With the continuing trend towards social media and social networking your customers expect to see fresh and up-to-date information. A well designed website is all about keeping the web pages fresh and current.

Monday, December 1, 2014

Website Strategy

To get a return for your investment, it is important that your web site has a clear, defined purpose. Simply having a website just because a business of our size "should" isn’t enough. Common strategic purposes for websites include:

Credibility Not every business needs to use their website to promote their business, however people considering doing business with you will often check you out on the web to gain a level of comfort that you’re a business with substance. Other businesses find that having a good website is essential for attracting good staff as most applicants will check out your website in preparation for an interview.

Promote Your Business

Promoting your business online is a great reason for having a website. With the high level of competition, having a website isn’t enough. You need a planned approach to not just building website traffic, but for converting that traffic into business results.P>

24/7

A website can provide around the clock customer service that may be too expensive to implement with human staff.

Improved Customer Service

In a society that craves instant gratification, tech-savvy customers value the option of being able to complete customer service tasks online with out the need to talk to a customer service rep. From mundane (but important) tasks such as reviewing billing histories or resetting passwords, a webstie that is connected through to your back end systems can improve the level of service that you are able to offer your customers.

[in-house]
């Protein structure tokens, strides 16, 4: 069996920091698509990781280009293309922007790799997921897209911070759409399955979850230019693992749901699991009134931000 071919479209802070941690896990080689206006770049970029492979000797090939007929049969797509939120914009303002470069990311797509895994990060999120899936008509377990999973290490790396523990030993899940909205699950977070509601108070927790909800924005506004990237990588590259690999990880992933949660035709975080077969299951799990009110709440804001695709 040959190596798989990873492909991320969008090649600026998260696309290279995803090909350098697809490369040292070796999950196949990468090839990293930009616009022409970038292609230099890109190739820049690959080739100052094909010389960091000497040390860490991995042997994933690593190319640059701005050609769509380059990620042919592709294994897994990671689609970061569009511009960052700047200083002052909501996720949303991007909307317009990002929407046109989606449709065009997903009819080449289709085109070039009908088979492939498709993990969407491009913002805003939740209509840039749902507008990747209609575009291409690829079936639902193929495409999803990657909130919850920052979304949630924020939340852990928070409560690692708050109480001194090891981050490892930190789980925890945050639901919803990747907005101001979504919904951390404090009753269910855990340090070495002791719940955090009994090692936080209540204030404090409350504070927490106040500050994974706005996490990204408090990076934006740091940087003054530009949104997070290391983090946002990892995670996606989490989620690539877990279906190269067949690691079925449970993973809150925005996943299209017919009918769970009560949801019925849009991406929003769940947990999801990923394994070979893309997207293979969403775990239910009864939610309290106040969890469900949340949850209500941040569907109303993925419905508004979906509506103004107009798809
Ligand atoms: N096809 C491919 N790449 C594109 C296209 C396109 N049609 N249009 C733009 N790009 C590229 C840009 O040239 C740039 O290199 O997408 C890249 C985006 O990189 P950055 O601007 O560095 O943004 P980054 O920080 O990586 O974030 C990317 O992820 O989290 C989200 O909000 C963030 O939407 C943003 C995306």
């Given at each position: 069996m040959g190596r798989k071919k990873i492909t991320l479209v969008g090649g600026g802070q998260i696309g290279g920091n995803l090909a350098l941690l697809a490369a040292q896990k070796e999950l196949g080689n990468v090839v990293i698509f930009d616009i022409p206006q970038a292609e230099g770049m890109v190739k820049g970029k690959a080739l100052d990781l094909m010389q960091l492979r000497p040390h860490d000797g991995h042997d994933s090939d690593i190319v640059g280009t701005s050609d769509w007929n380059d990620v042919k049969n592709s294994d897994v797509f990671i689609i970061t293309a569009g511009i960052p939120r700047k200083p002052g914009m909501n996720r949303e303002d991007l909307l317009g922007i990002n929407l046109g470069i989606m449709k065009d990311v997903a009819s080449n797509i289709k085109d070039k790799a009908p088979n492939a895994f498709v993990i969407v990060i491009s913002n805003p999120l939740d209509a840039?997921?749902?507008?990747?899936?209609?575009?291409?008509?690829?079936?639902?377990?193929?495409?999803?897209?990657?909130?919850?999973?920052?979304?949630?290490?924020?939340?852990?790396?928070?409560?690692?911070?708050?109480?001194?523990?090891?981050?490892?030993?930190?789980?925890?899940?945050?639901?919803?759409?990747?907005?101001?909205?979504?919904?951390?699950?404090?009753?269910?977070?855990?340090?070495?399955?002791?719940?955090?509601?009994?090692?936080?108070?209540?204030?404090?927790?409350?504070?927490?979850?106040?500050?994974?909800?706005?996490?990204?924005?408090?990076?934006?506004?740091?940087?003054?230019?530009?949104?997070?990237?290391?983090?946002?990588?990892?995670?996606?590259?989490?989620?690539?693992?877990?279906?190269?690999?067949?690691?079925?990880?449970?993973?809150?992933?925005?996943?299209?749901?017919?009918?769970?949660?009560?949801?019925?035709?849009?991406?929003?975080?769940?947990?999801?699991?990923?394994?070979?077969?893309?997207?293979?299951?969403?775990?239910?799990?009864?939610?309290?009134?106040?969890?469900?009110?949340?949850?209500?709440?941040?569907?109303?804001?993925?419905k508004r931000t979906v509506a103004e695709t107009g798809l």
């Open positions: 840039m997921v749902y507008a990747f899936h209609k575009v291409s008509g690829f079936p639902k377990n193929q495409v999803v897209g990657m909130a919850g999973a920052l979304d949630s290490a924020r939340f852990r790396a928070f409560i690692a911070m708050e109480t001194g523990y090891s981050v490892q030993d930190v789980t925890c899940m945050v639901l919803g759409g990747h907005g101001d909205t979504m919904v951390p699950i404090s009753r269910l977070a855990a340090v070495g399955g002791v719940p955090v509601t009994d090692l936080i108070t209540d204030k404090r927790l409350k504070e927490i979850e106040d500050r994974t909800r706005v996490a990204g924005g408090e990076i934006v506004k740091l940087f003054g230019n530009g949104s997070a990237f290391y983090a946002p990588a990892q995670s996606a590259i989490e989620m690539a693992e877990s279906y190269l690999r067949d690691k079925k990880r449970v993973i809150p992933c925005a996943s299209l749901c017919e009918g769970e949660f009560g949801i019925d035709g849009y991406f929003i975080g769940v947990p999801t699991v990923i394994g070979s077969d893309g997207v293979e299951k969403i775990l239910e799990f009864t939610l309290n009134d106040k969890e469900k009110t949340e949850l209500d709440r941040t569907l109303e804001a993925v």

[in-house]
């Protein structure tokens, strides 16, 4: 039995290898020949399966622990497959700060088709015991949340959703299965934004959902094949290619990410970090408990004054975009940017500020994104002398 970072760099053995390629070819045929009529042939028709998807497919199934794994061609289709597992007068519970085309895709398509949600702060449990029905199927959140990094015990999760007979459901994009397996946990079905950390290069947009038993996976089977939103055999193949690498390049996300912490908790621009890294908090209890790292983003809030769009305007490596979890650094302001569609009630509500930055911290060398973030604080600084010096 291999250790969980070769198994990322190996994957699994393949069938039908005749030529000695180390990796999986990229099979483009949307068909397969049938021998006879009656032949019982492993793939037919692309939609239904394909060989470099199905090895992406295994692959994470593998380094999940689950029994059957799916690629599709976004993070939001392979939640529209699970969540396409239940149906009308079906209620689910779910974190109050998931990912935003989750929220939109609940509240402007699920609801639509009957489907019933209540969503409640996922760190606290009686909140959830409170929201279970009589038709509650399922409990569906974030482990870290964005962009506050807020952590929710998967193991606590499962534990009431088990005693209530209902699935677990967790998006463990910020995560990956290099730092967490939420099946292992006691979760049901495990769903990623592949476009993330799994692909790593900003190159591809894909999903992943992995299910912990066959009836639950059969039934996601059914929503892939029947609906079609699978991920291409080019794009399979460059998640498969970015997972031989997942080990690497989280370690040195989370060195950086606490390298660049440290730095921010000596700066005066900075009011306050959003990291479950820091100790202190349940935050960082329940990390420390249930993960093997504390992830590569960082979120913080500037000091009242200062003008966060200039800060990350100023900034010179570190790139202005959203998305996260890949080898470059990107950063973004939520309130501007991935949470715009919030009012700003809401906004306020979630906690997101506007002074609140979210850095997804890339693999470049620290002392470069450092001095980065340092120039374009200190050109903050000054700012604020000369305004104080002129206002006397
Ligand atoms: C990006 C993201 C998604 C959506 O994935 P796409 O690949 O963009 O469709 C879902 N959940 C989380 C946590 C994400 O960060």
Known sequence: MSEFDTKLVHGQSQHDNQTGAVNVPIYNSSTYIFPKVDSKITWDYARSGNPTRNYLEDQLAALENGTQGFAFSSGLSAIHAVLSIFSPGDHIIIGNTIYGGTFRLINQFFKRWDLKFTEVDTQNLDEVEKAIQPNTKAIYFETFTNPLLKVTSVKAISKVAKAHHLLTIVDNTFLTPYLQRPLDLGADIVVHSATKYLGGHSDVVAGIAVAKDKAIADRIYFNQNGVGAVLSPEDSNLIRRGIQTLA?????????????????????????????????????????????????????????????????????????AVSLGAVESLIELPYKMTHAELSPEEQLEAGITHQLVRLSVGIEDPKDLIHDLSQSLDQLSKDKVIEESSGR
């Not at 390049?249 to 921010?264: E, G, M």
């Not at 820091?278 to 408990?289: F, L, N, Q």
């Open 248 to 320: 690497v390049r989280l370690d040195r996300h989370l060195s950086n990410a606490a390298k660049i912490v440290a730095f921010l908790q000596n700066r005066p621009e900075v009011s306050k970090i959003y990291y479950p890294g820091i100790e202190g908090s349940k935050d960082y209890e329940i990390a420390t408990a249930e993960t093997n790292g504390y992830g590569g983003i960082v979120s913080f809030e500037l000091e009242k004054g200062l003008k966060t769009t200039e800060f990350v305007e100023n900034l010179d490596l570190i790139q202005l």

Needing Less Staff

By adding self service capabilities to your website you may be able to reduce the load on your call centre, sales team and customer service staff. By reducing that workload your business will be able to efficiently service a larger customer base without needing to hire additional people.

Thursday, July 17, 2014

Sharing is not enough: why you need a content hub for your online presence.

Social media needs to be part of an overall sales and marketing strategy that includes your website, not something that is isolated from everything else you do to promote your business. It isn’t a one hit wonder that will magically drive people to your business.

Source: socialmediatoday.com

Sue Cockburn makes a great point on SocialMediaToday; and one that I’ve often seen underestimated: just like in ancient Rome, all your social media roads should lead to the center of your online presence, aka your website (as a matter of fact, I was highlighting it myself in a talk last week).

As she pointed out, one of the reasons for this is certainly the hype on social media (and its apparent simplicity).

With the Scoop.it team, we’ve been trying to identify the other reasons explaining that by observing many companies – small or large – implementing their content strategy:

- small businesses are often finding it difficult to integrate their social media publishing efforts with their own website in a simple way (hence our own efforts to integrate with WordPress, offer embeds and make website integration easy);

- larger companies can also face that (even when they have IT departments, they’re not always reactive and available for marketing-driven projects) but there’s another factor: very often, social media publishing was initially defined as a standalone role (and even if it’s a cliché, sometimes to the millenial in the team who “got it”). This meant it grew in a silo alongside other marketing activities such as SEO, content marketing or building up the WebSite to modern standards.

Any other factors that explain this that you came across?

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A Basic Guide to SEO

SEO may be one of the biggest buzzwords of the decade, but what is it and why does it matter? SEO, also known as Search Engine Optimization, has become a critical component to the way that companies do business on the Internet. This guide will help you understand the definition of SEO, why it matters and how you can measure it in terms of your own business.